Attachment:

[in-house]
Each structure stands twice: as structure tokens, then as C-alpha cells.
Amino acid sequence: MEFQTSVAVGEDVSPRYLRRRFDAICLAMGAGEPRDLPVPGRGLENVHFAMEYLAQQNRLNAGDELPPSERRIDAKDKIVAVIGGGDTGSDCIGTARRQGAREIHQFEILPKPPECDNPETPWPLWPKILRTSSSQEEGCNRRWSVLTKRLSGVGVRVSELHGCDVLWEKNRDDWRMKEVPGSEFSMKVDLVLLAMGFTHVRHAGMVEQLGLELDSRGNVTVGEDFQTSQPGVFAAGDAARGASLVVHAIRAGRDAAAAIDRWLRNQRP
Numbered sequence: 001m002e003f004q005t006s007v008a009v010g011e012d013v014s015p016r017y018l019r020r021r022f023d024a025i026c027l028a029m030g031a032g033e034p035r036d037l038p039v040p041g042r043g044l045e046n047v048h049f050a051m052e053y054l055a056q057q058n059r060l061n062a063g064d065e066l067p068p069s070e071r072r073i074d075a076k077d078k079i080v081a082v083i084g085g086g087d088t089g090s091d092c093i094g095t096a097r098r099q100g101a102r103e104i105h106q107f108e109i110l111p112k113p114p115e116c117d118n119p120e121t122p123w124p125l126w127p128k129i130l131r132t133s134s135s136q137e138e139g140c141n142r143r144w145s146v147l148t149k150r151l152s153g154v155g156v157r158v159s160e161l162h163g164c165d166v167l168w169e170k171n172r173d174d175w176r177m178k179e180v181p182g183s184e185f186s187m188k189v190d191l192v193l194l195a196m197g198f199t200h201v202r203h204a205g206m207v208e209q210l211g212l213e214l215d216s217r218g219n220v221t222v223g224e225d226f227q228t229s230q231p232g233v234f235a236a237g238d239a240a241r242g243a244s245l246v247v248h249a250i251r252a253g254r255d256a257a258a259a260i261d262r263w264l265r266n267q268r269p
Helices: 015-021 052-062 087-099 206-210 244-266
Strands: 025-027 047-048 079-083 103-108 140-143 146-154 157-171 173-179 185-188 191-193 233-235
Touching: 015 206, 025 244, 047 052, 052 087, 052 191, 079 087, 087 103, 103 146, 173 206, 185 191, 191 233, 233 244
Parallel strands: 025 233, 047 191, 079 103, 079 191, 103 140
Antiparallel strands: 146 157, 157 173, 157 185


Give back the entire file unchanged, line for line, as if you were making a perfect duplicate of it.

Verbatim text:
[in-house]
Each structure stands twice: as structure tokens, then as C-alpha cells.
Amino acid sequence: MEFQTSVAVGEDVSPRYLRRRFDAICLAMGAGEPRDLPVPGRGLENVHFAMEYLAQQNRLNAGDELPPSERRIDAKDKIVAVIGGGDTGSDCIGTARRQGAREIHQFEILPKPPECDNPETPWPLWPKILRTSSSQEEGCNRRWSVLTKRLSGVGVRVSELHGCDVLWEKNRDDWRMKEVPGSEFSMKVDLVLLAMGFTHVRHAGMVEQLGLELDSRGNVTVGEDFQTSQPGVFAAGDAARGASLVVHAIRAGRDAAAAIDRWLRNQRP
Numbered sequence: 001m002e003f004q005t006s007v008a009v010g011e012d013v014s015p016r017y018l019r020r021r022f023d024a025i026c027l028a029m030g031a032g033e034p035r036d037l038p039v040p041g042r043g044l045e046n047v048h049f050a051m052e053y054l055a056q057q058n059r060l061n062a063g064d065e066l067p068p069s070e071r072r073i074d075a076k077d078k079i080v081a082v083i084g085g086g087d088t089g090s091d092c093i094g095t096a097r098r099q100g101a102r103e104i105h106q107f108e109i110l111p112k113p114p115e116c117d118n119p120e121t122p123w124p125l126w127p128k129i130l131r132t133s134s135s136q137e138e139g140c141n142r143r144w145s146v147l148t149k150r151l152s153g154v155g156v157r158v159s160e161l162h163g164c165d166v167l168w169e170k171n172r173d174d175w176r177m178k179e180v181p182g183s184e185f186s187m188k189v190d191l192v193l194l195a196m197g198f199t200h201v202r203h204a205g206m207v208e209q210l211g212l213e214l215d216s217r218g219n220v221t222v223g224e225d226f227q228t229s230q231p232g233v234f235a236a237g238d239a240a241r242g243a244s245l246v247v248h249a250i251r252a253g254r255d256a257a258a259a260i261d262r263w264l265r266n267q268r269p
Helices: 015-021 052-062 087-099 206-210 244-266
Strands: 025-027 047-048 079-083 103-108 140-143 146-154 157-171 173-179 185-188 191-193 233-235
Touching: 015 206, 025 244, 047 052, 052 087, 052 191, 079 087, 087 103, 103 146, 173 206, 185 191, 191 233, 233 244
Parallel strands: 025 233, 047 191, 079 103, 079 191, 103 140
Antiparallel strands: 146 157, 157 173, 157 185